Traditionally African American universities we now hold high were known to bar dark-skinned Blacks from attending.
Look, I’m not trying to push my views on anyone here. People—Black people—have the right to paint their hair purple if they want to. My job is to put the conversation out there like a brave fishing rod and hope I get back some wisdom; maybe even cause a few to put down the hype and save some money. But here's why I'm pushing this book. First, none on my students have heard of it which should tell you that education is not about empowerment but falling in line. It also talks about some of the burdens our grandparents had to put up with. Like 'the paper bag test' where your skin shade had to be close enough to the color of a brown paper bag if you were to be allowed into a school or social club. Or 'the beige door test' where dark-skinned Blacks had to have their own churches if they're complexion didn't have the right connection. Our own education system decided who got taught to become professionals and who was pushed towards agriculture, all depending on skin shade, with fraternities and sororities not only pitting letters against letters, but supporting the color codes.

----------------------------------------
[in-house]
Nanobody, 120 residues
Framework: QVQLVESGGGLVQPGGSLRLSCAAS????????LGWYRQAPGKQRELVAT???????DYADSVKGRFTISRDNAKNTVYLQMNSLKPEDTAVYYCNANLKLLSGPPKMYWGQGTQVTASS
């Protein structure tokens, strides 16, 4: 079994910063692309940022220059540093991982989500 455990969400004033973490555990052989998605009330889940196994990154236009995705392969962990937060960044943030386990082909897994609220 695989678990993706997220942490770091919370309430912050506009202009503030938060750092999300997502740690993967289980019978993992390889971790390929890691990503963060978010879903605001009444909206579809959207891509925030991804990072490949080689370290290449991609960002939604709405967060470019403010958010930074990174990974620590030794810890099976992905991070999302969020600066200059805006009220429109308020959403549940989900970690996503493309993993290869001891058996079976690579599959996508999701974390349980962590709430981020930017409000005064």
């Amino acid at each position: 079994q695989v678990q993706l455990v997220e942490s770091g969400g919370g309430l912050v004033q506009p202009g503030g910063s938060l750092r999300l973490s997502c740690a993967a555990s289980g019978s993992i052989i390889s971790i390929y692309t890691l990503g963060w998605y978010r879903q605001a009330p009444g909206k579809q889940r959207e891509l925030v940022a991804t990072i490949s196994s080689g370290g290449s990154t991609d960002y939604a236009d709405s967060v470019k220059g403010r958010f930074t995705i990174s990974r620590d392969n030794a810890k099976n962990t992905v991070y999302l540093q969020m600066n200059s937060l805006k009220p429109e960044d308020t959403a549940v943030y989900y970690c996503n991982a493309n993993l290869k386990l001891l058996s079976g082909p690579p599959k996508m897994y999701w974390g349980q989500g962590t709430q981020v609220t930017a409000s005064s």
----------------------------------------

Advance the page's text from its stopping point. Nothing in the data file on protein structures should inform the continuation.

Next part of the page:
The book even quotes respected educators who pushed the division in order to preserve light-skinned 'culture'. Even W.E.B. DuBois' Talented Ten were all mulattoes, with the exception of the dark-complexioned token, Phyllis Wheatley Peters. And we already know about neighborhoods that became famous for their 'pretty Blacks', including parts of Harlem, NY and Atlanta, GA. Traditionally African American universities we now hold high were known to bar dark-skinned Blacks from attending. learning grounds like Spellman, Howard, Fisk, Hampton, Morgan State, Wilberforce were all part of the sickness. So no wonder little Black boys and girls would sing that song we now sing in different ways—
white is bright
yellow is the color
brown stick around
black get back!